Some of those recalls may be due to new technologies that aren’t necessarily connected to actual driving: things like the entertainment system or a new door-handle design.

But that’s not always the case. Some of the more serious and high-profile EV recalls include all GM Chevrolet BoltsLucid’s recall of 2,000 sedans and Jaguar’s recall of its I-Pace cars, in addition to Tesla’s warning-light recall.

How to check for EV recalls

When a recall happens, automakers are required to make owners aware of the problem and offer a fix. If it’s a recall related to an urgent, life-threatening issue, it’s not uncommon for automakers to reach out directly by phone call or text message.

But notifying car owners about recalls isn’t a perfect process. Addresses and phone numbers change, and it may not be possible to contact an owner quickly, especially if a car has been resold.

You don’t have to wait to get notified about a recall to find out whether your vehicle is affected. The National Highway Traffic Safety Administration has a searchable database for recalls on vehicles, car seats, tires and equipment. Very recent recalls may not yet be up to date on the site for every VIN, or vehicle identification number, and international vehicles and some vehicles from ultra-luxury or specialty manufacturers may not be in the database. You can also search the NHTSA SaferCar app.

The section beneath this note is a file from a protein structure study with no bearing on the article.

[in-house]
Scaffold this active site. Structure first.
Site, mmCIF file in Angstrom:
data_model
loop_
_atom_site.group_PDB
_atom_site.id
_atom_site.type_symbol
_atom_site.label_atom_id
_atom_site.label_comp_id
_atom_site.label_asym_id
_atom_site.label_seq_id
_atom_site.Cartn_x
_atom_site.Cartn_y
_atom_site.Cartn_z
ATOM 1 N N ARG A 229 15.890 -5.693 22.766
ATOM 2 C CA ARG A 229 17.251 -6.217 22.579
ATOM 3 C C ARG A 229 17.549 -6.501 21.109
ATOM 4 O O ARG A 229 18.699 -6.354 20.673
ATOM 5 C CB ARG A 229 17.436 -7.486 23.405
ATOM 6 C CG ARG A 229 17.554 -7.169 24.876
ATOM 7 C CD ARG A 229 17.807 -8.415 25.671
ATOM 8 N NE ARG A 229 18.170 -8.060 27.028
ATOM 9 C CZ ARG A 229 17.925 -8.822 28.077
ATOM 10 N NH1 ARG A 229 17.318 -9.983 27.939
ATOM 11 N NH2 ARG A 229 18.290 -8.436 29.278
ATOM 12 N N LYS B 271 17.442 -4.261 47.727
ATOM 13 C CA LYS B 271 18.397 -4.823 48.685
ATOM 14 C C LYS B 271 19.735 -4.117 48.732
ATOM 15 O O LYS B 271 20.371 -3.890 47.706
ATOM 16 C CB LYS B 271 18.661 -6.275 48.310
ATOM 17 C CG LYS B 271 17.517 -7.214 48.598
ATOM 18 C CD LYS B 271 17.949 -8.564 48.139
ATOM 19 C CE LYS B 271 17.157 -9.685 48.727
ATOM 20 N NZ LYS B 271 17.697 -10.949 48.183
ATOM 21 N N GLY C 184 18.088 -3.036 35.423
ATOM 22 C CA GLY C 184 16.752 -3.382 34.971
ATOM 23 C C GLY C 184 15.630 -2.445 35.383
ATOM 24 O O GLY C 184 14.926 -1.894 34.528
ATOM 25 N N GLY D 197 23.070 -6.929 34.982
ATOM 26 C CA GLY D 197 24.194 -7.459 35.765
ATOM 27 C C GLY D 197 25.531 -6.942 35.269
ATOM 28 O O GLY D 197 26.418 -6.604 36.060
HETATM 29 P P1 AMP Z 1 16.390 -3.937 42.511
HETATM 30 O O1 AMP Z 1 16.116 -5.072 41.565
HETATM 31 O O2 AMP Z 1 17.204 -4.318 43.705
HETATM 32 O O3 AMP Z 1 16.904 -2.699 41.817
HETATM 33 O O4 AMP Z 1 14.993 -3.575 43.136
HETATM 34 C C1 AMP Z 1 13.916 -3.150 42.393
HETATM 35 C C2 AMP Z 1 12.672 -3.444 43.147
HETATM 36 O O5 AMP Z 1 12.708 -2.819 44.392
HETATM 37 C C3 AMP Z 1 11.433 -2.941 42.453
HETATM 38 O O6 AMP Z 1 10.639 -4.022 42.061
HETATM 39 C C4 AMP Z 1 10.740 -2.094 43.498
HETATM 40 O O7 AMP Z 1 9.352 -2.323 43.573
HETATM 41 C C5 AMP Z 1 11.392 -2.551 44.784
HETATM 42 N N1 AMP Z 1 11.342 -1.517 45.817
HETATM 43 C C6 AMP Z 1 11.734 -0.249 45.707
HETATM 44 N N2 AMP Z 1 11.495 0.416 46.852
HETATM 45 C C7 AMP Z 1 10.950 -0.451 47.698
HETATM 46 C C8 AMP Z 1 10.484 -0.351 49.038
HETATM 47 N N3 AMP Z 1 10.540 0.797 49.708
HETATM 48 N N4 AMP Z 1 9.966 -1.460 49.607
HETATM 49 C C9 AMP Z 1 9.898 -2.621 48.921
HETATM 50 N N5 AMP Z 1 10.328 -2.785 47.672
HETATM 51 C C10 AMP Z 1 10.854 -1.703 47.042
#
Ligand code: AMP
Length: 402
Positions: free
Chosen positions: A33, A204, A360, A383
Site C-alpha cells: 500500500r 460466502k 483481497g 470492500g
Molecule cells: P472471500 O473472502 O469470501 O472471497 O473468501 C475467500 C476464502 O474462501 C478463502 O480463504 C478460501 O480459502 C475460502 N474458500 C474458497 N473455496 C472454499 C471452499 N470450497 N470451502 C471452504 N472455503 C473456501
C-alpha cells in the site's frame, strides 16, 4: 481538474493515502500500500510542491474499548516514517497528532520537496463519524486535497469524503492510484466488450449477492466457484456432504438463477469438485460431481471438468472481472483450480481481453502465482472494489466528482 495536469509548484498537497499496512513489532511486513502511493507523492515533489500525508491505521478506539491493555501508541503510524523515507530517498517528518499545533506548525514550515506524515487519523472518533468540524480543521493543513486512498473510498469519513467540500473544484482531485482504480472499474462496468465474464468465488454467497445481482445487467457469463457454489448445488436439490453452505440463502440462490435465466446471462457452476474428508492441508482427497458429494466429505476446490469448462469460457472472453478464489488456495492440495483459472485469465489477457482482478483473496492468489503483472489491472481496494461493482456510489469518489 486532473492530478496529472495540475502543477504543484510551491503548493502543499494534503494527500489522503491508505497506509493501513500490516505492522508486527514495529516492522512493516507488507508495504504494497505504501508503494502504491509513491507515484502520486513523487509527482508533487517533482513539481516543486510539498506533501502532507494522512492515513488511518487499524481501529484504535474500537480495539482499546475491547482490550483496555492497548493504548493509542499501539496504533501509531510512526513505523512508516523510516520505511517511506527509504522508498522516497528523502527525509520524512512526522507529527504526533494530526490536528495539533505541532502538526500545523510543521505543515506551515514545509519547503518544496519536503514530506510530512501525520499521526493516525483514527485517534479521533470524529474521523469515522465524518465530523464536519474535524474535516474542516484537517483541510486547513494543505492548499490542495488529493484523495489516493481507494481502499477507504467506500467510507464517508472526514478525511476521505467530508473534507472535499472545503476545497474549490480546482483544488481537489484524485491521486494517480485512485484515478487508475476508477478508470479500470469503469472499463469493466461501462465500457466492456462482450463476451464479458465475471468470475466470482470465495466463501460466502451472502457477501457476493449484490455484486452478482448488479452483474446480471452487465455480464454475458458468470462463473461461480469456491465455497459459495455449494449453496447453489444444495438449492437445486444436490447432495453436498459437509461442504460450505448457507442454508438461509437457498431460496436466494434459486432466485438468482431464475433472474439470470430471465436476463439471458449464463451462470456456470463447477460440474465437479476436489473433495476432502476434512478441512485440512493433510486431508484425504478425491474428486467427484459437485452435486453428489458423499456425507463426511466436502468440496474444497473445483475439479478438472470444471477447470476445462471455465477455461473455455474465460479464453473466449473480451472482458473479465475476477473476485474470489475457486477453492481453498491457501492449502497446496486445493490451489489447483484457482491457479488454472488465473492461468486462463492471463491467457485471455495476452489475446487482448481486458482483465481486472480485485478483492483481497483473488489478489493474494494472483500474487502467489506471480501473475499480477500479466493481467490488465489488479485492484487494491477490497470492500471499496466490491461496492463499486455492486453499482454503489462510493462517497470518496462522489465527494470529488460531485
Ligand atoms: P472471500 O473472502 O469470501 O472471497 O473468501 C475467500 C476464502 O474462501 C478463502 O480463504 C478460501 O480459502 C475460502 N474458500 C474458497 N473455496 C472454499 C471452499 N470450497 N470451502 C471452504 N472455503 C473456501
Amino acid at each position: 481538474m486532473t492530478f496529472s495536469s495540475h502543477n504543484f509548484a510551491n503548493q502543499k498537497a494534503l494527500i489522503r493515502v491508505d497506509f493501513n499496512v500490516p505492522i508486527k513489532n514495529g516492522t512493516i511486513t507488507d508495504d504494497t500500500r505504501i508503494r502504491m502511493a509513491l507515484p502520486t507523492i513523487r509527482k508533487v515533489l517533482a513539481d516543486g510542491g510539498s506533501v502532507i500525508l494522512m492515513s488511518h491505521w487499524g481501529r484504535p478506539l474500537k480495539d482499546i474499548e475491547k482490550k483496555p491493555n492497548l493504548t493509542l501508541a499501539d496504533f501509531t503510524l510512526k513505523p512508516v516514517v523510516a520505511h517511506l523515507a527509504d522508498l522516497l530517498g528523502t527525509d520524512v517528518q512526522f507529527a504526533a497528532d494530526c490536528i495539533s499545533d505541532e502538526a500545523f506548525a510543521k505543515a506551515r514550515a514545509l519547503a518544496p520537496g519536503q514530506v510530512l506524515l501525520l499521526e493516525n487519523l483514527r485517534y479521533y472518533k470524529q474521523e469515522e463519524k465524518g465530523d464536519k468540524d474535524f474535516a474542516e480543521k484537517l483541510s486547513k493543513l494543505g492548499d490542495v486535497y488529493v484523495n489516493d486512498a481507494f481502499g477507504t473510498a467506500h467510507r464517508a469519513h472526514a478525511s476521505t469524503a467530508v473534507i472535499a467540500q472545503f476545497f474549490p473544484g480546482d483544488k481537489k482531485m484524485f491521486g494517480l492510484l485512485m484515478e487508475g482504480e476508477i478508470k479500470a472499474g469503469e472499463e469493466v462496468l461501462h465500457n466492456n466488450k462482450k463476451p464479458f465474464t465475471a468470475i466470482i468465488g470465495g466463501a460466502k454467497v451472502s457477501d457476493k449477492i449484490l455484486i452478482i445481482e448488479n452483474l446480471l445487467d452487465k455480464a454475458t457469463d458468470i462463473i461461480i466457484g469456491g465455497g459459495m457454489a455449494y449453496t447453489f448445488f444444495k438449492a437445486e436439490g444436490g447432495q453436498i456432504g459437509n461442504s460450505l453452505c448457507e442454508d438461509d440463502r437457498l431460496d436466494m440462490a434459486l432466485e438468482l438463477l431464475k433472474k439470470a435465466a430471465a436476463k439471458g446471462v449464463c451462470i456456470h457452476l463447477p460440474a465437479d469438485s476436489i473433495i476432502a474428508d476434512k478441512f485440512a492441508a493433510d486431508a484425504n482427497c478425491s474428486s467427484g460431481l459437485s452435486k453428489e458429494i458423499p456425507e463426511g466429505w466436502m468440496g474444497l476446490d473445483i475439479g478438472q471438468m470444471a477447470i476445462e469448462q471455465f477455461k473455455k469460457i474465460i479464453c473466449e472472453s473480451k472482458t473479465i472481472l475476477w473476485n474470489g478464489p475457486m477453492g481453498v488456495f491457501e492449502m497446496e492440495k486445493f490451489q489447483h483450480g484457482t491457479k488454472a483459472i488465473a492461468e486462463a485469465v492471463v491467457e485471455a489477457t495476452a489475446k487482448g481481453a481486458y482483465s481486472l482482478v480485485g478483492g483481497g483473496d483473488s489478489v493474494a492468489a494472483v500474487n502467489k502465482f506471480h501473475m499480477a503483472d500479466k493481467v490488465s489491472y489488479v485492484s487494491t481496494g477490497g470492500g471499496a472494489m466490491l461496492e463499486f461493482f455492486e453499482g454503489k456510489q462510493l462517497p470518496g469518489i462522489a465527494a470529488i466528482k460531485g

Consumer Reports has a car recall tracker that requires signing up for a CR membership (there’s a free tier). You simply enter in your car’s make, model and year, and any relevant recalls pop up. And the website InsideEVs has a news feed with stories about EV and hybrid recalls or other issues that may eventually become recall-worthy, such as recent issues that have arisen with Tesla Cybertruck wheel covers.

Getting your fix

A surprising number of recalled vehicles never get fixed, despite news stories and notifications from automakers and NHTSA. According to the US Government Accountability Office and NHTSA, only about 69% of passenger vehicles recalled in 2018 were repaired by the next year.

There can sometimes be obstacles to getting all the repairs. The easiest recall fixes can be done with an over-the-air software fix that’s sent to the vehicle. Other software fixes may require just a flash update at a service center.

Some physical repairs, however, may take weeks or months. And in some cases, an initial recall may not be enough to fix a problem, as seems to be happening now with some Ford E-Series vehicles.

Our advice? Be patient and persistent. Don’t give up on getting your recalled vehicle fixed.

If a recall is addressing an issue that you already had fixed, you’re typically entitled to a reimbursement from the automaker. They’ll want a receipt or other record of the repair.

Though some automakers may take longer to issue a recall while they explore solutions, it’s unlikely these days that a car manufacturer will knowingly avoid a recall over a safety issue, as has happened in the past. The faster spread of information among auto owners, particularly EV owners, means automakers take a bigger liability risk by delaying or trying to avoid recalls, Waatti said.

“Automakers have learned their lessons that these things are going to be way more costly in the long run if they try and brush it under the rug,” he said.

Gael Cooper contributed to this article.